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Senators Discuss Caller ID for Government Offices

Nov. 7, 2007 — A bill calling for government departments and agencies to implement caller ID systems spurred a mish-mash of discussion Wednesday, including debate on the status of Innovative Communications Corp.'s pending bankruptcy proceedings.
However, Vitelco President and Chief Executive Officer David Sharp remained positive during the first half of Wednesday's Government Operations and Consumer Protection Committee meeting, telling senators that the company will "make it through" its court battles.
"I am here to stay, Vitelco is here to stay, and we will get through this," he said.
According to a monthly report generated by Stan Springel, the federal trustee handling the bankruptcy case of ICC's former Chief Executive Officer Jeffrey Prosser, Vitelco is currently suffering from a "liquidity crisis." It is caused by "millions of dollars" in non-business expenditures at the "new ICC and Vitelco levels …," Springel reports, adding that the amount of money spent on non-business expenditures during the ongoing bankruptcy proceedings amounted to "tens of millions of dollars." (See "Prosser Trustee Finds 'Liquidity Crisis' at Vitelco.")
After hearing Sharp's statements, senators did not continue to dwell on the legal matters, but rather turned to discussing the bill, sponsored by Sen. Liston Davis. Mandating the implementation of caller ID systems would allow government departments and agencies to identify individuals who might be phoning in bomb threats, Davis said.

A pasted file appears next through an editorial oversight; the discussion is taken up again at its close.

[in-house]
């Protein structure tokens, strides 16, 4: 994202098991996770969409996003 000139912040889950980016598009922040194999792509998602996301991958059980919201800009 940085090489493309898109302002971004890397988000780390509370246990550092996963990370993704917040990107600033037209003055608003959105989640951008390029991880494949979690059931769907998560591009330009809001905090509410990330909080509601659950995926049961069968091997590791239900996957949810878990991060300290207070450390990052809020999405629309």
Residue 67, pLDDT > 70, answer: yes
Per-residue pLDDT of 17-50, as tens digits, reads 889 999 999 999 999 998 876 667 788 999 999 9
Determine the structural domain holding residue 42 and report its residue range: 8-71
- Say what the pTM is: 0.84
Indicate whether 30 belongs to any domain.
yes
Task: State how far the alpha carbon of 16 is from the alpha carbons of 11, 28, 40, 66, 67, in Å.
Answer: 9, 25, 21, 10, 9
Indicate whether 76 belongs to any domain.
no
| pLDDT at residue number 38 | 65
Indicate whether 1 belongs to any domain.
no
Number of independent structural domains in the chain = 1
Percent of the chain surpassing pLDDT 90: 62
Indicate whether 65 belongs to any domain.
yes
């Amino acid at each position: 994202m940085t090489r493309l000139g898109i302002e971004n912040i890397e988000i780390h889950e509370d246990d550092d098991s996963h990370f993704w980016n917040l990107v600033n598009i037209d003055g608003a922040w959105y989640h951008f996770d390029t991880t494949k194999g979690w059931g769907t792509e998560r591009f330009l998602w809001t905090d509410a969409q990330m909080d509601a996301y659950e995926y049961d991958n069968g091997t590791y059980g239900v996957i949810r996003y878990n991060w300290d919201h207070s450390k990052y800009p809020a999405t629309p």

The phone company currently offers caller ID services to the government upon request, Sharp said. Implementing a larger system would be expensive and could invade residents' privacy rights, he said.
These statements were echoed in a letter submitted by Police Commissioner James H. McCall, who wrote, "caller identification would be a useful tool in the identification of perpetrators of prank calls, bomb threats and false alarms." He added, "However, the bill should provide funding for the upgrading of systems and equipment to handle the caller-identification function. We also must be cognizant of the effect such a system might have on those individuals who wish to report criminal activity or information anonymously."
Senators said they would hold the bill in committee to address the concerns.
Committee members moved quickly through the rest of their agenda, approving bills:
— directing the Department of Public Works to set up street signs, flashing yellow lights and speed-monitoring devices on all main roads surrounding the territory's schools;
— setting up an Office of Highway Transportation revolving fund, which will be administered by the Department of Finance and hold money given to the Department of Public Works by the Federal Highway Administration; and
— authorizing the Bureau of Motor Vehicles to issue valid identification cards at a cost of $25. (The cards are not drivers' licenses, but can be used as a valid form of government ID; all money garnered from the issuance of these cards will go toward covering the bureau's operating expenses.)
Present during Wednesday's meeting were Sens. Carlton "Ital" Dowe, Juan-Figueroa-Serville, Neville James, Shawn-Michael Malone, Terrence "Positive" Nelson, Basil Ottley Jr. and Alvin L. Williams.
Davis, a non-committee member, and Sen. Celestino A. White Sr. were also present.